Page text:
Assistant Foreign Minister for Arab Affairs Mohamed Qasem has announced that talks are currently underway for a visit to Egypt by Muqtada el-Sadr, leader of Iraq’s Sadrist bloc.
Qasem made the announcement at a meeting of the Shura Council’s Arab affairs committee on Monday, where he stressed the importance of maintaining Egypt’s diplomatic presence in Iraq despite attempts by certain parties to drive Arab diplomatic delegations from the violence-torn country. Iraqi factions preferred dealing with Egypt over other countries, Qasem noted, emphasizing the importance of maintaining dialog with Iraqi political movements.
Refaat el-Saeed, council member and chairman of the leftist Tagammu Party, for his part, took issue with the description of el-Sadr as "Arab" due to the latter’s long-term residence in Iran.
But according to Qasem, el-Sadr moved to Iran in order to escape oppression at the hands of Iraqi Prime Minister Nouri el-Maliki, noting that el-Sadr had always promoted Iraq as an "integral part of the Arab world." Qasem went on to say that Iyad Allawi’s successful showing in recent Iraqi elections bode well for Arab states, pointing out that Egypt supported the rising "Arabist trend" in Iraq and the fight against sectarianism.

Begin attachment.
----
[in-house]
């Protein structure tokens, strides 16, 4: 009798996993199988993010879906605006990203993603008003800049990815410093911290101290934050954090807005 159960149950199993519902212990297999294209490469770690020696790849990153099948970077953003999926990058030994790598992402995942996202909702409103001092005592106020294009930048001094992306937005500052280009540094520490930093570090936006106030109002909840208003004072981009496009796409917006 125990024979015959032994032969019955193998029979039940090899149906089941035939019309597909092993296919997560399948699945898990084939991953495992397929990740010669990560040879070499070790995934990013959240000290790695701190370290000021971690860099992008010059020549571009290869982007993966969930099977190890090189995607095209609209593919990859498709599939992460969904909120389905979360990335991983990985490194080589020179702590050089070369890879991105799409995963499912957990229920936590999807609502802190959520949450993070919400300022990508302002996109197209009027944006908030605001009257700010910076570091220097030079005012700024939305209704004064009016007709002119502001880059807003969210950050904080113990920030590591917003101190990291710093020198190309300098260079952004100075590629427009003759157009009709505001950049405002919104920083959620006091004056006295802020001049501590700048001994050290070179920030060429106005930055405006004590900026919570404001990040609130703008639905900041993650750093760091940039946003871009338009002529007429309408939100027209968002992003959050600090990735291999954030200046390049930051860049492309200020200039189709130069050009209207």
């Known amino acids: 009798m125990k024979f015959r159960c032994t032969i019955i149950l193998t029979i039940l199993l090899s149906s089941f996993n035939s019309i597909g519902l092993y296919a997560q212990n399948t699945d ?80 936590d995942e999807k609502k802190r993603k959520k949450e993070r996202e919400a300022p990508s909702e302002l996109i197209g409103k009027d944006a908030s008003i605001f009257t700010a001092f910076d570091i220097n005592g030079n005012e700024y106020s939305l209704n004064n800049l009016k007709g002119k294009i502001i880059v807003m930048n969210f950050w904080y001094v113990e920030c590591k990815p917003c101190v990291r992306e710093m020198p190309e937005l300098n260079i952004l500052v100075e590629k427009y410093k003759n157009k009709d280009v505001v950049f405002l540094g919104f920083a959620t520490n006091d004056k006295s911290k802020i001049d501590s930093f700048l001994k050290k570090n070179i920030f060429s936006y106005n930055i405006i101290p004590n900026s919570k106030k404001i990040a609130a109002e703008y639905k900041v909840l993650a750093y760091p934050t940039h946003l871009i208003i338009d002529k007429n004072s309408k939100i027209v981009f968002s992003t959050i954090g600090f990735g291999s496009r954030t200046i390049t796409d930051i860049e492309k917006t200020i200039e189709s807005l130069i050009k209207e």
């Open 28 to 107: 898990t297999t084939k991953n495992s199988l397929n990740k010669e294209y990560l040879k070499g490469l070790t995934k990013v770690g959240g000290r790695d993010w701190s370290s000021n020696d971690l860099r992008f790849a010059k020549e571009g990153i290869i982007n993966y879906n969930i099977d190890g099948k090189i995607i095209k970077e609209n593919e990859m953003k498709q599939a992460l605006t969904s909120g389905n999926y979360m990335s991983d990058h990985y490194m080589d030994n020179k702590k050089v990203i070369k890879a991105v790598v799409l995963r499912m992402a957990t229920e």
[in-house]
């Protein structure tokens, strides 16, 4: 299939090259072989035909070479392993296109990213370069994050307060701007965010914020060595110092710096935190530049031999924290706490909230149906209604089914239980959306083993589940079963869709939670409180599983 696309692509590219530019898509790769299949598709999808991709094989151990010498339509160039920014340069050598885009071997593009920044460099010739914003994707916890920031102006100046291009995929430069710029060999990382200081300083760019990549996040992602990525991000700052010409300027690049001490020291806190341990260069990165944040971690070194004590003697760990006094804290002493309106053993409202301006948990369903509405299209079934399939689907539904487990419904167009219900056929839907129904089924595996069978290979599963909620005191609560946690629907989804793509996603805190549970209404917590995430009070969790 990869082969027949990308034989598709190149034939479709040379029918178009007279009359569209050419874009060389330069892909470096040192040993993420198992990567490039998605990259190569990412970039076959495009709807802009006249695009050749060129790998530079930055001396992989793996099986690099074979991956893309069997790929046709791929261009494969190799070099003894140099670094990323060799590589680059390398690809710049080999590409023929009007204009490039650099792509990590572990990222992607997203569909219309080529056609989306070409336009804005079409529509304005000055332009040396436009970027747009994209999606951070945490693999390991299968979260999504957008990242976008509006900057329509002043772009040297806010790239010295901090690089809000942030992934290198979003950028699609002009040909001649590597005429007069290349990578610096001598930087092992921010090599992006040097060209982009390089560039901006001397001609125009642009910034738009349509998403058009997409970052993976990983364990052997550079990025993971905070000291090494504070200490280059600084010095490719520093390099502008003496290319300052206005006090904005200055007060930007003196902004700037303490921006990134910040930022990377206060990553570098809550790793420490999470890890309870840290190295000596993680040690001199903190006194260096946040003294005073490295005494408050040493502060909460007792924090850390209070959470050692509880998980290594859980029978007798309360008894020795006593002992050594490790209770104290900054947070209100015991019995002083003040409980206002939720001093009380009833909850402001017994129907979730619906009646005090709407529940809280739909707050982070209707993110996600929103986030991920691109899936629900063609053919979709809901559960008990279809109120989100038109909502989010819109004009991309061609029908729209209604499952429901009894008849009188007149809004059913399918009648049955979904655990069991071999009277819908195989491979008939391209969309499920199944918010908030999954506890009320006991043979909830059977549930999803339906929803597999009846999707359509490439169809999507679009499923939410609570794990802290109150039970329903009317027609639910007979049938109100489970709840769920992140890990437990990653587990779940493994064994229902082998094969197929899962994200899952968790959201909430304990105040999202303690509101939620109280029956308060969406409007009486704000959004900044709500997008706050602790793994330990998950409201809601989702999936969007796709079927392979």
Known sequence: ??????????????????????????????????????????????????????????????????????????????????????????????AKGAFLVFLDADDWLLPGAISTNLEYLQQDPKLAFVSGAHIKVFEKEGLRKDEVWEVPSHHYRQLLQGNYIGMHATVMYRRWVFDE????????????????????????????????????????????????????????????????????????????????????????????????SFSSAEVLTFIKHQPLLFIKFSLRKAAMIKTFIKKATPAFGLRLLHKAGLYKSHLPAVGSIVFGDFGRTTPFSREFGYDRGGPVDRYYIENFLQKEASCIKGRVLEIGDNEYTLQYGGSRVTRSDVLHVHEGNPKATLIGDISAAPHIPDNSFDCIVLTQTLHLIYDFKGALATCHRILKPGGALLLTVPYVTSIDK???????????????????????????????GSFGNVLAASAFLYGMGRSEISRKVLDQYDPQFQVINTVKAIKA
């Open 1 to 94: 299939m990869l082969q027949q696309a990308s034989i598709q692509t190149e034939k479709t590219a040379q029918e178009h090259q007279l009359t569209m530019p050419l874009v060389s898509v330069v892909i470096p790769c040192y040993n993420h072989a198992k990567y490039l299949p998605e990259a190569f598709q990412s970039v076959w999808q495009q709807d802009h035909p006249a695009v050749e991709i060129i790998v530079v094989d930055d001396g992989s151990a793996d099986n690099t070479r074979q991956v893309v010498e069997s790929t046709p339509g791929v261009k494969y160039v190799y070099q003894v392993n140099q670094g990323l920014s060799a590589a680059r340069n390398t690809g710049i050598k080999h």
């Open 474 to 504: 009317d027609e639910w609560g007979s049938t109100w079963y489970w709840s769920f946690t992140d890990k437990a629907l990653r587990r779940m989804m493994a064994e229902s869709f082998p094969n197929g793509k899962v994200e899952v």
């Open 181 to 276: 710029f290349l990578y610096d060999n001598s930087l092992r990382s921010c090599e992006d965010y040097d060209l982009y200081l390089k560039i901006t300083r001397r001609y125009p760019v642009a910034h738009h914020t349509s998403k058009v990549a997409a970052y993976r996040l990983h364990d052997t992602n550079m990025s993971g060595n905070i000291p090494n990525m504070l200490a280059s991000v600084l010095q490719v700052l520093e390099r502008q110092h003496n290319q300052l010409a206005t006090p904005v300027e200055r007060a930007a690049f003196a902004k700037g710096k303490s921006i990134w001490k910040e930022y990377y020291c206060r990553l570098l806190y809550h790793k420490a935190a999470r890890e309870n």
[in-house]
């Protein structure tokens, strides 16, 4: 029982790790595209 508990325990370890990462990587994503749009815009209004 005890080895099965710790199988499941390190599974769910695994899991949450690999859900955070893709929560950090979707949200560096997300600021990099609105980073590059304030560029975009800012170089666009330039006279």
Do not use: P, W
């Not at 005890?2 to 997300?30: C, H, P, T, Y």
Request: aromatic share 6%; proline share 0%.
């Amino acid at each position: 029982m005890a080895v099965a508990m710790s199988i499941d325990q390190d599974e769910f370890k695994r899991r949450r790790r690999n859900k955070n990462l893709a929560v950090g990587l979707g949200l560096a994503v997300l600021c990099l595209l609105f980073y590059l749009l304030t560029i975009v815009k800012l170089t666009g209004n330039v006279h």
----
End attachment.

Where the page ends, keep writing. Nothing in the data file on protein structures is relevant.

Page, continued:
Council member Nagy el-Shehaby, however, criticized the return of Egypt’s diplomatic mission to Baghdad, arguing that Iraq’s post-election condition was not conducive to Arab interests. He went on to describe Iraqi statesmen as "spies" for the US and Israel.
Translated from the Arabic Edition.